They go by different names: demolition hammers, concrete breakers, kango hammers or jack hammers. They’re a great universal tool that make the back-breaking job of concrete demolition much much easier. Our preference for the Makita range of concrete breakers is well known, so we’ll stick with the term ‘concrete breakers’ for the purposes of this discussion.
There are several things to consider before pulling the trigger on one of these machines:
1. Check for utilities
Concrete has a wonderful ability to hide pipes and cables, especially water services and electrical wiring. Before you even think about any concrete demolition project, make a thorough check to ensure there are no cables or pipes snaking through the concrete.
2. Select the right demolition hammer for the job
We have a range of concrete breakers to handle most projects. Our smaller demolition hammer is great for vertical masonry work while our medium breaker is a good universal breaker for many applications. Our large 32 kg breaker is best suited for vertical breaking only (using the added force of gravity). Check out our concrete breakers http://bit.ly/UHH_Breakers or ask us for information on the capabilities of each breaker.
3. Cut first (If needed)
If you only need to remove a portion of the concrete (and leave some of the existing concrete in place) it’s always best to cut it first with a dedicated concrete saw. Usually a 50-80mm cut is sufficient to leave a good clean edge.
4. Personal protective equipment
You probably knew this was coming, but you’ll need them all. Class V ear muffs are mandatory as the noise can exceed 105dB. There’s a risk of debris being flung up from the breaker, so eye protection is also required. And any concrete demolition will produce very fine dust that can get deep down into your lungs. Wear a suitable mask. Head protection, gloves and good strong footwear are also highly recommended.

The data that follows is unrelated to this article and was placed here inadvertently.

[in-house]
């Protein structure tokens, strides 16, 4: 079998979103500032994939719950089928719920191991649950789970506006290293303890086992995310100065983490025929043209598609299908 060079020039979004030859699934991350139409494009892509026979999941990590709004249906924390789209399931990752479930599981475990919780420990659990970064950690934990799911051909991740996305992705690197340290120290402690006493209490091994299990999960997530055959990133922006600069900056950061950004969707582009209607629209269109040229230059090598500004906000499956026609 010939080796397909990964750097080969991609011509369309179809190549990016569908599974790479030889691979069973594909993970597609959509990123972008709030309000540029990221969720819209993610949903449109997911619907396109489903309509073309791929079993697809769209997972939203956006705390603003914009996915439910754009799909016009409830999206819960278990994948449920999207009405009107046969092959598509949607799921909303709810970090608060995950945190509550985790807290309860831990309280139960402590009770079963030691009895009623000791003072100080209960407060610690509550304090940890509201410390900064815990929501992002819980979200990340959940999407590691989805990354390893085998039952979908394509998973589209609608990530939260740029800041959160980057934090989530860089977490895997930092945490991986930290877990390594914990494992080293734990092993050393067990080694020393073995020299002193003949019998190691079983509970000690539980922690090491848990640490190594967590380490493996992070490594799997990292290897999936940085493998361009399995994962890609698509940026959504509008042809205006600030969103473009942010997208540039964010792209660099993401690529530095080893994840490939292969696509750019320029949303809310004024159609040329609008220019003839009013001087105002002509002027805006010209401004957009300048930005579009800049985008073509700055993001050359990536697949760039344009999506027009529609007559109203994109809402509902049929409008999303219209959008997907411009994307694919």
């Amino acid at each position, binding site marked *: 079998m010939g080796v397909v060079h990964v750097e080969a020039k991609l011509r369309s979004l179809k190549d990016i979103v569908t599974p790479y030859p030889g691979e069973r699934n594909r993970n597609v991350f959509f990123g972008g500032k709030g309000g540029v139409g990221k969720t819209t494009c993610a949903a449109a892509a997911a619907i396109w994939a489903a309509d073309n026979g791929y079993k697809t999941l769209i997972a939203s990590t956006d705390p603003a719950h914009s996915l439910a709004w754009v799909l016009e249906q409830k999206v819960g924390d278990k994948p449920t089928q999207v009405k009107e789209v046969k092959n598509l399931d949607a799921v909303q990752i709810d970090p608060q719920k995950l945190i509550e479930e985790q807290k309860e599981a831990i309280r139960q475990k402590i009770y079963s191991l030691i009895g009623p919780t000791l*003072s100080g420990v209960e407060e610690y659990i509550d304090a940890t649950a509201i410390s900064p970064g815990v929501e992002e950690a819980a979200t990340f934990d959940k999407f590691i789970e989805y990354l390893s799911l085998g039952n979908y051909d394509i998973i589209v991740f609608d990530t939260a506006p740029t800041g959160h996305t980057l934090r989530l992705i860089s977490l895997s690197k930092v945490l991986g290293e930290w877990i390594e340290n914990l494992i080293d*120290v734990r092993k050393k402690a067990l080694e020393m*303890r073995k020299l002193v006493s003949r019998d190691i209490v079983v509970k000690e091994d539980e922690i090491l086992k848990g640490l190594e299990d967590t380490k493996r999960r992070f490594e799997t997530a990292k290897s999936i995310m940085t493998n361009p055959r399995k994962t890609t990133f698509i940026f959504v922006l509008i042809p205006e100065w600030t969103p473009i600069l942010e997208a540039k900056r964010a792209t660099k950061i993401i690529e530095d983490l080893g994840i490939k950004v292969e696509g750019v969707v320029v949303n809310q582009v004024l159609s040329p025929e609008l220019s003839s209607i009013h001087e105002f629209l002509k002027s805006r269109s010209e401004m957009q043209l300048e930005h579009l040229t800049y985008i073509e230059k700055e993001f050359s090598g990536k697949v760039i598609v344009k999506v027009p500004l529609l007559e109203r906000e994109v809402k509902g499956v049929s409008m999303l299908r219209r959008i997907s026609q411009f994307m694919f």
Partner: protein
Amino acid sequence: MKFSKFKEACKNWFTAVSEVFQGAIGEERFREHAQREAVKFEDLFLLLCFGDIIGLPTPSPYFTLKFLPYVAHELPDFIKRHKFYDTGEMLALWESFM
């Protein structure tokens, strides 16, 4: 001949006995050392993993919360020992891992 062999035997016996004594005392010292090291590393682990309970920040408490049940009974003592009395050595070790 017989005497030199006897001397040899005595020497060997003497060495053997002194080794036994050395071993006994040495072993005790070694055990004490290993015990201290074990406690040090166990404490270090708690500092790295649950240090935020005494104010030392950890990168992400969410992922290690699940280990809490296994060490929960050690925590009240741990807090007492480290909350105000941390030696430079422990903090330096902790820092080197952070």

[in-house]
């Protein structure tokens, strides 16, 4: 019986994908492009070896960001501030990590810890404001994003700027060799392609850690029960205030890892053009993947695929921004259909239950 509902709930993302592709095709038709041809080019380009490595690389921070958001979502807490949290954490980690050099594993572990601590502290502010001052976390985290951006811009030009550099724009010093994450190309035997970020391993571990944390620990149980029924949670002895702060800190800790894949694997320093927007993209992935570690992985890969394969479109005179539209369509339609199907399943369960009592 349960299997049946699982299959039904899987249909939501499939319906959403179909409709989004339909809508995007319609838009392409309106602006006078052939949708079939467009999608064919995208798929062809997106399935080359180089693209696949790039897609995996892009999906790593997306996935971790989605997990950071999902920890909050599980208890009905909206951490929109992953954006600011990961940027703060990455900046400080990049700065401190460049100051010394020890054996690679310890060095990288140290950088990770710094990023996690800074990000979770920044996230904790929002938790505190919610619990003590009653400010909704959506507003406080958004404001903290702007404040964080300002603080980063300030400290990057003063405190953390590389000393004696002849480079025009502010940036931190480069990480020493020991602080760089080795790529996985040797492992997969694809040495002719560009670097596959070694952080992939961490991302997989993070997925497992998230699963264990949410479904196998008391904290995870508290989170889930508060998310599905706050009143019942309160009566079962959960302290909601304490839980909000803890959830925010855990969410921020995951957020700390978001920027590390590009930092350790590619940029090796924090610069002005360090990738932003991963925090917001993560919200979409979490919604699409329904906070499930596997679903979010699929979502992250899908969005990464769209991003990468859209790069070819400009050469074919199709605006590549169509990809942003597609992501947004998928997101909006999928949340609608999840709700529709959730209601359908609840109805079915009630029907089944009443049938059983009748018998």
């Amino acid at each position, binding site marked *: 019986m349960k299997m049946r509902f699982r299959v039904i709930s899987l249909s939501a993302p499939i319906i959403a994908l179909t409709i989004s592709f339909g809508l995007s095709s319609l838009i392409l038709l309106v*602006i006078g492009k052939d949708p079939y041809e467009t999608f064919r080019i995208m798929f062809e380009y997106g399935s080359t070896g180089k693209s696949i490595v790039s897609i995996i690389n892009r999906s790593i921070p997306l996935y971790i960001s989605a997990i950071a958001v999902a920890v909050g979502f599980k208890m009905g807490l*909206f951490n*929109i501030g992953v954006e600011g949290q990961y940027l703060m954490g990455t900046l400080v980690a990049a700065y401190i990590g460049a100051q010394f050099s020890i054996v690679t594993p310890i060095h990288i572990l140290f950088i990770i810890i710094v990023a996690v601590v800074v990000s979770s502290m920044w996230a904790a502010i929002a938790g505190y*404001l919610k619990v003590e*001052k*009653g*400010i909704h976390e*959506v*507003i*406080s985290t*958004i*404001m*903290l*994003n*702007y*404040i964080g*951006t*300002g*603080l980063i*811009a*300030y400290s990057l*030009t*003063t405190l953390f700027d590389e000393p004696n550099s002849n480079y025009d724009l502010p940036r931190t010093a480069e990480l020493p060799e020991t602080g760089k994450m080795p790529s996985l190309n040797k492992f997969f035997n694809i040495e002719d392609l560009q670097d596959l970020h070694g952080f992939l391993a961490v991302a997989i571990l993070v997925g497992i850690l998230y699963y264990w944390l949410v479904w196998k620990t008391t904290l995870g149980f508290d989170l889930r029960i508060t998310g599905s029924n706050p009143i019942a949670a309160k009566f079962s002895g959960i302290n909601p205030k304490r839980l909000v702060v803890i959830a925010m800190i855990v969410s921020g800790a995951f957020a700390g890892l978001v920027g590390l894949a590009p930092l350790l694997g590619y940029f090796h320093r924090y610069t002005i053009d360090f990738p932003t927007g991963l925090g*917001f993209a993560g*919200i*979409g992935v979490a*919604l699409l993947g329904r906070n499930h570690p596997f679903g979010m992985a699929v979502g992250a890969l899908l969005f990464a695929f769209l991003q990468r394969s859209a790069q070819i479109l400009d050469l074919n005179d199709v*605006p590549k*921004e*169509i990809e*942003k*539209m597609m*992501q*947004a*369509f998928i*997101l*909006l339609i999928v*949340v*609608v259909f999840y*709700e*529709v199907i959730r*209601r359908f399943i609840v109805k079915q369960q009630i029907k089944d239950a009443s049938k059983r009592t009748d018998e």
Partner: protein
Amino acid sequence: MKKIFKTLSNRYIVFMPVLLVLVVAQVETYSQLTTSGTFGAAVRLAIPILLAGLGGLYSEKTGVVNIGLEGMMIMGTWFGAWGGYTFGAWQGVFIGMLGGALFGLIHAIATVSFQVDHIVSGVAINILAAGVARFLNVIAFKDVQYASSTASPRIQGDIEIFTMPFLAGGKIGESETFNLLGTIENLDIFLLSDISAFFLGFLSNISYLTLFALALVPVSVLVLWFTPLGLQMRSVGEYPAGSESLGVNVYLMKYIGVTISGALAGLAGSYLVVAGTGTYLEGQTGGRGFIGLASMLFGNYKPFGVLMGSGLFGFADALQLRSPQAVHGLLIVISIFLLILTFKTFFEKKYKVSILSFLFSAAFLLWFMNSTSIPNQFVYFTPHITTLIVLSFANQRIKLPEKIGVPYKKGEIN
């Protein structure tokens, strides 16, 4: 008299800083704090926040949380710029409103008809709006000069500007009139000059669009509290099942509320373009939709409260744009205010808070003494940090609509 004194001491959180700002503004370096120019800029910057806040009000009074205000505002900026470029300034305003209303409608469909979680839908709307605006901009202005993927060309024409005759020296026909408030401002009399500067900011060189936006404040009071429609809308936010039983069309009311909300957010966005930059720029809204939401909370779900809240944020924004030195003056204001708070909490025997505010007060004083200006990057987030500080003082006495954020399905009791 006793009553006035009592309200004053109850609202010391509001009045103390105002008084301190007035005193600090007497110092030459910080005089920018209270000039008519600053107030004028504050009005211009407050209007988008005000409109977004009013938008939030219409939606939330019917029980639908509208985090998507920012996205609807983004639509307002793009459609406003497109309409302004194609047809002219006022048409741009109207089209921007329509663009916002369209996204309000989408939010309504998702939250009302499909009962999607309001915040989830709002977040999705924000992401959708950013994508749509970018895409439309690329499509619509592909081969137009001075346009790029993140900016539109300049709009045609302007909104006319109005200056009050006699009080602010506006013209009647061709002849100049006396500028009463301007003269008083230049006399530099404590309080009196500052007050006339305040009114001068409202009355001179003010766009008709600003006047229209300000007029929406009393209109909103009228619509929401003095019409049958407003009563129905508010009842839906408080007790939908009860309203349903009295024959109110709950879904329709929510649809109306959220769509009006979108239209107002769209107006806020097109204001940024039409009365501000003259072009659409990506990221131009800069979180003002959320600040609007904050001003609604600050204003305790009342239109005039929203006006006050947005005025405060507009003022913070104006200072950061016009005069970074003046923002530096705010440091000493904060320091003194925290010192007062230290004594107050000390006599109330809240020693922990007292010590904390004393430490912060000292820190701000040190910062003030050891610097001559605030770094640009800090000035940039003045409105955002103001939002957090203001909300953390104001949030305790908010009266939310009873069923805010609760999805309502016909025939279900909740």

5. Electrical Safety
We shouldn’t have to say this but make sure the demolition hammer is connected safely through a transformer or residual current device.
6. You’ll need other tools
We suggest a sledge hammer and crowbar as starter. An angle grinder is always useful if the concrete contains any reinforcing steel.
7. It’s time to start
Finally. We suggest starting at the outside edge and working inwards in some form of pattern so that the broken concrete is easily removed from demolition area. We offer both spade and point bits, and find the point bits are the most popular for general demolition. Take care not to try and fracture the concrete too far from the edge as there is a risk of getting the concrete bit stuck, resulting in a frustrating delay.
8. Excess vibration
The larger Makita concrete breakers are designed with a unique ‘anti vibration technology’ to reduce fatigue in your arms and hands. However we recommend taking a break every 20-30 minutes, and limiting your daily exposure. We’re posted a copy of the UK Vibration guide on our website http://bit.ly/UHHVibration
9. Keep it clean
A clean worksite is always a safer one. Clean up as you go and remember to wear your mask when sweeping, to avoid inhaling the fine concrete dust.
We have a number of hire options, starting with our two-hour hire option, so please contact us for more information.
Please note: the information provided in these blogs is general in nature, and is true and correct to the best of our knowledge. It is not possible to cover every conceivable situation you may face when using our equipment. Always exercise care and use common sense. Avoid any situation which you consider to be beyond your capability. If you feel uncertain about any operating procedures after reading the information on our website or that related to our equipment, or any Worksafe guidelines, you must consult an expert before continuing. No warranty or guarantee is expressed or implied regarding the accuracy of the informaiton provided by Upper Hutt Hire. While every effort has been made to compile and summarise the important health and safety information for the safe use of equipment, the responsibility for its safe use lies with the hirer.